A deposit of the plasmid pVC 403 has been made at the ATCC, Rockville, Md. on Jun. 23, 1988 under the accession number 67739. The deposit shall be viably maintained, replacing if it becomes non-viable, for a period of 30 years from the date of the deposit, or for 5 years from the last date of request for a sample of the deposit, whichever is longer, and made available to the public without restriction in accordance with the provisions of the law. The commissioner of Patents and Trademarks, upon request, shall have access to the deposit.
Purification and Characterization of CD4(178)-PE40:
BL21 (λDE3) carrying plasmid pVC403 was grown in LB medium at 37 with 1 mM isopropyl βD-thiogalactoside (IPTG) and the incubation continued for 90 minutes at 37 periplasm and spheroplasts. The spheroplasts were suspended in TE (50 mM Tris pH 8.0, 1 mM EDTA), sonicated three times at 100 watts for 30 seconds each and spun at 100,000 (cytoplasm) and pellet (containing inclusion bodies). For localization experiments, the pellet was suspended in TE and the various fractions were analyzed by ADP-ribosylation assays and by SDS-PAGE, using Coomassie Blue staining and immunoblotting with rabbit antibodies to PE.
For partial purification of CD4(178)-PE40, a denaturation/renaturation procedure was employed. A 500 ml culture of BL21 (λDE3) containing pVC403 was induced and the inclusion body pellet fraction prepared as described above. The pellet was suspended in 6.5 ml extraction buffer (guanidine HC1 7M, Tris HCl 0.1M pH 8.0, EDTA 1 mM and DDT 1 mM) and sonicated for 20 seconds three times. The suspension was stirred for 1 hour in the cold and centrifuged at 100,000 the supernatant saved. The supernatant (6.5 ml) was added dropwise to 500 ml cold phosphate buffered saline with rapid stirring. After 48 hours, a portion was purified as follows: 110 ml was dialyzed against Buffer A (Tris HCl 20 mM pH 7.7) for 8 hours with two one liter changes, filtered through a 0.45 μm filter and applied on a Mono Q column (HR 5/5) at a flow rate of 1 ml/min. The column was washed with 5 ml buffer A and then developed with a 25 ml linear gradient (0-0.5M Nacl) and finally with 5 ml 1M Nacl in Buffer A. 1 ml fractions were collected and analyzed for total protein, ADP-ribosylation activity and reactivity by ELISA using immobilized anti-PE antibodies and anti-CD4 monoclonal antibodies OKT4A (Ortho) and BL41 (Pel-freeze). Protein concentration was determined using Bradford reagent with bovine serum albumin as a standard. ADP-ribosylation activity is expressed as units/ml; 1 unit is equal to the activity of 1 μg of PE40 determined under the same assay conditions. For SDS-PAGE, samples were boiled with Laemmli sample buffer and electrophoresed on 10-15% gradient gels (PhastGels, Pharmacia). Analysis of the purification is shown in FIG. 2:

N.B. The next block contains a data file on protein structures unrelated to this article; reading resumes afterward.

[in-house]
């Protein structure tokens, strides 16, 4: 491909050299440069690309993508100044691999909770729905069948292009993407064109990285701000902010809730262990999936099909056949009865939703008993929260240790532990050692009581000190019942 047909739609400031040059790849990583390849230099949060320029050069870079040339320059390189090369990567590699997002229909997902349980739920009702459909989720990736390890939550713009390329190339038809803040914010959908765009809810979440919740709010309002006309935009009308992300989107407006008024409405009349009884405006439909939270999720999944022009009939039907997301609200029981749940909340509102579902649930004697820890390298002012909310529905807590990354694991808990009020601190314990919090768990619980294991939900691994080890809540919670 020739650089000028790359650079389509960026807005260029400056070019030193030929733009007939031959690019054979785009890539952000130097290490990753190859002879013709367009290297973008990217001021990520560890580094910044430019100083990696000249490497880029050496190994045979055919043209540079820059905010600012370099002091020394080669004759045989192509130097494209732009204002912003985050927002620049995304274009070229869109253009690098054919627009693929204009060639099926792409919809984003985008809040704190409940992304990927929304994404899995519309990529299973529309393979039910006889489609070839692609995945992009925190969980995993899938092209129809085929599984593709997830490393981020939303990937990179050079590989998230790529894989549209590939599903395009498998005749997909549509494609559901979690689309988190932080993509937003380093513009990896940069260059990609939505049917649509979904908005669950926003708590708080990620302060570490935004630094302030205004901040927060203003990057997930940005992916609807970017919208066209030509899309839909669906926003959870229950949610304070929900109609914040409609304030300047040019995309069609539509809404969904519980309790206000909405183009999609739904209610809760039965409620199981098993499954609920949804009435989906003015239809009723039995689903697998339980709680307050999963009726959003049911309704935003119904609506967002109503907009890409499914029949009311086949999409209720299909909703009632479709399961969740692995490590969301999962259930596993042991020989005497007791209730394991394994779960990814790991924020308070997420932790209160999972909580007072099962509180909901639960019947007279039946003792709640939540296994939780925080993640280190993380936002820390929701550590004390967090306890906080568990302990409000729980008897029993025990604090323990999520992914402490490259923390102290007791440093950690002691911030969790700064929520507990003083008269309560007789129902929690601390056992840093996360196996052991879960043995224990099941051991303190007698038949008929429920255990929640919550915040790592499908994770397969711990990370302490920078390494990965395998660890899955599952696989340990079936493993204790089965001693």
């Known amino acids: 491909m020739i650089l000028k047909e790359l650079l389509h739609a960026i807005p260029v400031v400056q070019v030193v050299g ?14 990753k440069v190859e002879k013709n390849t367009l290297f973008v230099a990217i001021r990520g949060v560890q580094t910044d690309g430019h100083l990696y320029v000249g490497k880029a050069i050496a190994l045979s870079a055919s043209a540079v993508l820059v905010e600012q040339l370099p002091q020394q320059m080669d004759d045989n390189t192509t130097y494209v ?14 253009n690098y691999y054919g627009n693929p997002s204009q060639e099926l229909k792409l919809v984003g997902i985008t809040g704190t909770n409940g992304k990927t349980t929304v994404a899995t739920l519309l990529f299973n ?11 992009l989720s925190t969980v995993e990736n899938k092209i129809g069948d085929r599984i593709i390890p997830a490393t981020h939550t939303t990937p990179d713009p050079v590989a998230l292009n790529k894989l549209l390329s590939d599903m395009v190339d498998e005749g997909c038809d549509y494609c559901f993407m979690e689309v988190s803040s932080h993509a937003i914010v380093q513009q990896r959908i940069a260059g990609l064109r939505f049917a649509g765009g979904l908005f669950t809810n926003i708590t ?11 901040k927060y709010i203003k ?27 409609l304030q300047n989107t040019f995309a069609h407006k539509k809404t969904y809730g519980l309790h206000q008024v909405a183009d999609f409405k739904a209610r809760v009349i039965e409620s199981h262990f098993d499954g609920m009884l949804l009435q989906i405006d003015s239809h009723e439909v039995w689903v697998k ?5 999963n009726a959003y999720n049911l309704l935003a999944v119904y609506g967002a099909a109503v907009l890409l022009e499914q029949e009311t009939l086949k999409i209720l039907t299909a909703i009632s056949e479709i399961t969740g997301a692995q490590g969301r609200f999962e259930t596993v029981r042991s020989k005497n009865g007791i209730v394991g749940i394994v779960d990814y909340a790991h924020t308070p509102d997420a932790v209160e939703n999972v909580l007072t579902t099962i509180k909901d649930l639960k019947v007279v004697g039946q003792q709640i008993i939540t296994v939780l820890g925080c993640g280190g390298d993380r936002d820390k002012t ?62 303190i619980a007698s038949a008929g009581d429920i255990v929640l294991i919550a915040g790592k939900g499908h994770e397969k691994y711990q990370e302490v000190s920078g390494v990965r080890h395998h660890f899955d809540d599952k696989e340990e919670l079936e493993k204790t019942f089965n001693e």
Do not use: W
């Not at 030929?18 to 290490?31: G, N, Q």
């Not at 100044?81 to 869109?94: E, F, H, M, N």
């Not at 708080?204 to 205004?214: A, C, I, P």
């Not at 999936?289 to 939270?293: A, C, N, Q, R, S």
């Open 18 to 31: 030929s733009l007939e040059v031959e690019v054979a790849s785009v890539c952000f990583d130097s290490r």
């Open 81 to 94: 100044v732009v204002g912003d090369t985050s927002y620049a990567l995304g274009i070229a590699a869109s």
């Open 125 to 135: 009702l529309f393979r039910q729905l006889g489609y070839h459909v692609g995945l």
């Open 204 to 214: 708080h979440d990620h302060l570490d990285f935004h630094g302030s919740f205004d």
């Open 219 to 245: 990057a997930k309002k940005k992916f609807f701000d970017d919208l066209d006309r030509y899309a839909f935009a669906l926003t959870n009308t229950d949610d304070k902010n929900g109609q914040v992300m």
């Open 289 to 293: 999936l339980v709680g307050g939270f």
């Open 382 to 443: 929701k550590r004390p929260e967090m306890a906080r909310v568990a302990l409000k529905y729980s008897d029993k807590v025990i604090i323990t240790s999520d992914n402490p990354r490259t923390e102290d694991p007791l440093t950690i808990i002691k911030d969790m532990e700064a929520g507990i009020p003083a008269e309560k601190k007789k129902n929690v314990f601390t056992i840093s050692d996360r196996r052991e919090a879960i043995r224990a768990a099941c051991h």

(a) Mono Q column Chromatography of renatured soluble CD4(178)-PE40: 110 ml of renatured material (6 mg protein) was applied to a Mono Q column; proteins were eluted with a NaC1 gradient and fractions of 1 ml were collected.
(b) SDS-PAGE of samples at various stages of purification: Gels were either stained with Comassie blue (lanes 1-3), or immunoblotted with polyclonal antibodies to PE (lanes 4-6). Lanes 1 and 4, spheroplasts; lanes 2 and 5, fraction 19 from Mono Q column; lanes 3 and 6, authentic PE, 100 ng. Molecular weight of protein standards are shown in Kd. The molecular weight of authentic PE is 66 Kd.
Demonstration of Binding of CD4(178)-PE40 to HIV Envelope Protein gp120:
Two methods were employed to demonstrate this specific binding interaction. The first involved coprecipitation of radiolabeled gp120 along with CD4(178)-PE40 plus antibodies to PE. Media containing [.sup.35 S]-methionine-labeled gp120 was obtained as previously described using a vaccinia/bacteriophage T7 hybrid expression system. CV-1 cells were co-infected with two vaccinia virus recombinants: vPE6, encoding a secreted form of gp120 (HIV-1, IIIB isolate) under control of the bacteriophage T7 promoter, and vTF7-3, encoding the T7 RNA polymerase driven by the vaccinia virus 7.5K promoter. Five μl of media containing .sup.35 S-labeled gp120 was preincubated with 90 μl of crude renatured CD4(178)-PE40 for 4 hr at 4 added, and after overnight incubation at 4 were precipitated with 10 μl Protein A-agarose (Calbiochem). The washed immunoprecipitates were analyzed by SDS-PAGE on 10% gels and the protein bands visualized by fluorography. The analysis is shown in FIG. 3a. The immune complex precipitated from a mixture of media containing [.sup.35 S]-labeled gp120 is shown in lane 3. For controls, either the anti-PE (lane 1) or the CD4(178)-PE40 (lane 2) were omitted.
The second method involved immunofluorescence. Confluent monolayers of CV-1 cells in 35 mm wells of 6-well plates (Costar) were infected with a recombinant vaccinia virus encoding gp160 (HIV-1, IIIB isolate) under control of the vaccinia 7.5K promoter. The multiplicity of infection was 1.5. As a control, cells were infected with vTF7-3 (see above). Ten hours post-infection, CD4(178)-PE40 (fraction 19 of the mono Q column, see FIG. 2) was added to a final toxin concentration of 50 μg/ml in PBS plus 0.2% (w/v) bovine serum albumin. After 1 hr at 4 were rinsed and incubated with a polyclonal anti-PE antiserum [1:500 in PBS plus 0.2% (w/v) bovine serum albumin] for an additional hour at 4 anti-rabbit IgG conjugated to rhodamine. Cells were fixed in formaldehyde, mounted and photographed. In the analysis shown in FIG. 3b through 3e, cells were infected with either the recombinant vaccinia virus containing the HIV-1 gp160 gene (A and A') or with the control vaccinia recombinant (B and B'). A and B are fluorescence micrographs and A' and B' are the corresponding phase contrast micrographs. Bar indicates 20 μm at 350